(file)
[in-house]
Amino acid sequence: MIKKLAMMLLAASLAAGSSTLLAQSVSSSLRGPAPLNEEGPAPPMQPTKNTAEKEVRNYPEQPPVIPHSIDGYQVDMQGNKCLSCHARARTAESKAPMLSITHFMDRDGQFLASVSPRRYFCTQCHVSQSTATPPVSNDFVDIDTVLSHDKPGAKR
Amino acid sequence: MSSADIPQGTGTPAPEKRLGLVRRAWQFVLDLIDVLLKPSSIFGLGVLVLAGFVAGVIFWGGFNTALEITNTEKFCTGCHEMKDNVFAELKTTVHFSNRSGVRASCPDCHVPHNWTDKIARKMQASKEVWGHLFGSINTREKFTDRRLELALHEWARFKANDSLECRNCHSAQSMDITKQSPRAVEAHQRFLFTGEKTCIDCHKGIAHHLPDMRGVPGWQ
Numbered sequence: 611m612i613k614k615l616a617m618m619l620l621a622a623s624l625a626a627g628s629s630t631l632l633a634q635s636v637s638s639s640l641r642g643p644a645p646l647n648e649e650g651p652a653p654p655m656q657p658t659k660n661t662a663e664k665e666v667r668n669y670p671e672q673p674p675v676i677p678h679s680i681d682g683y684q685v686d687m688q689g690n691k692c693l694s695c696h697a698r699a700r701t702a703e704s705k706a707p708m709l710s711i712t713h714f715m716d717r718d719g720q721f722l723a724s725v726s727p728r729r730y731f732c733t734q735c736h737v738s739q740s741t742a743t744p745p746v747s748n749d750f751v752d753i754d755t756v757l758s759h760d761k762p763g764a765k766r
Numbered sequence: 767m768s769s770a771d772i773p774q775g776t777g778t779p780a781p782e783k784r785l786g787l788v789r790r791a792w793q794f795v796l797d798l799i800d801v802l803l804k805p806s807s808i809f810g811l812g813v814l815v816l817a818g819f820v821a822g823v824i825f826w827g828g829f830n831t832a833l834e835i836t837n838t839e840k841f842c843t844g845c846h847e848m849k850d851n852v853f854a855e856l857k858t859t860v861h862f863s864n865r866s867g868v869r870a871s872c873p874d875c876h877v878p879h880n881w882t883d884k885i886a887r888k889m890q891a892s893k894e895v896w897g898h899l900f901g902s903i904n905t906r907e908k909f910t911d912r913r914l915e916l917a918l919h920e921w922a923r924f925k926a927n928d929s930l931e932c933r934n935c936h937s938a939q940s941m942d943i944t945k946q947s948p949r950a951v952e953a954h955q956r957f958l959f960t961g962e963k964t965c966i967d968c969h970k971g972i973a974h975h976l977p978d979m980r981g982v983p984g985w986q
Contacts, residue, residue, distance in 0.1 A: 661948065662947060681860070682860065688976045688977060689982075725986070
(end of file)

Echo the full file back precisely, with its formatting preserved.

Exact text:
[in-house]
Amino acid sequence: MIKKLAMMLLAASLAAGSSTLLAQSVSSSLRGPAPLNEEGPAPPMQPTKNTAEKEVRNYPEQPPVIPHSIDGYQVDMQGNKCLSCHARARTAESKAPMLSITHFMDRDGQFLASVSPRRYFCTQCHVSQSTATPPVSNDFVDIDTVLSHDKPGAKR
Amino acid sequence: MSSADIPQGTGTPAPEKRLGLVRRAWQFVLDLIDVLLKPSSIFGLGVLVLAGFVAGVIFWGGFNTALEITNTEKFCTGCHEMKDNVFAELKTTVHFSNRSGVRASCPDCHVPHNWTDKIARKMQASKEVWGHLFGSINTREKFTDRRLELALHEWARFKANDSLECRNCHSAQSMDITKQSPRAVEAHQRFLFTGEKTCIDCHKGIAHHLPDMRGVPGWQ
Numbered sequence: 611m612i613k614k615l616a617m618m619l620l621a622a623s624l625a626a627g628s629s630t631l632l633a634q635s636v637s638s639s640l641r642g643p644a645p646l647n648e649e650g651p652a653p654p655m656q657p658t659k660n661t662a663e664k665e666v667r668n669y670p671e672q673p674p675v676i677p678h679s680i681d682g683y684q685v686d687m688q689g690n691k692c693l694s695c696h697a698r699a700r701t702a703e704s705k706a707p708m709l710s711i712t713h714f715m716d717r718d719g720q721f722l723a724s725v726s727p728r729r730y731f732c733t734q735c736h737v738s739q740s741t742a743t744p745p746v747s748n749d750f751v752d753i754d755t756v757l758s759h760d761k762p763g764a765k766r
Numbered sequence: 767m768s769s770a771d772i773p774q775g776t777g778t779p780a781p782e783k784r785l786g787l788v789r790r791a792w793q794f795v796l797d798l799i800d801v802l803l804k805p806s807s808i809f810g811l812g813v814l815v816l817a818g819f820v821a822g823v824i825f826w827g828g829f830n831t832a833l834e835i836t837n838t839e840k841f842c843t844g845c846h847e848m849k850d851n852v853f854a855e856l857k858t859t860v861h862f863s864n865r866s867g868v869r870a871s872c873p874d875c876h877v878p879h880n881w882t883d884k885i886a887r888k889m890q891a892s893k894e895v896w897g898h899l900f901g902s903i904n905t906r907e908k909f910t911d912r913r914l915e916l917a918l919h920e921w922a923r924f925k926a927n928d929s930l931e932c933r934n935c936h937s938a939q940s941m942d943i944t945k946q947s948p949r950a951v952e953a954h955q956r957f958l959f960t961g962e963k964t965c966i967d968c969h970k971g972i973a974h975h976l977p978d979m980r981g982v983p984g985w986q
Contacts, residue, residue, distance in 0.1 A: 661948065662947060681860070682860065688976045688977060689982075725986070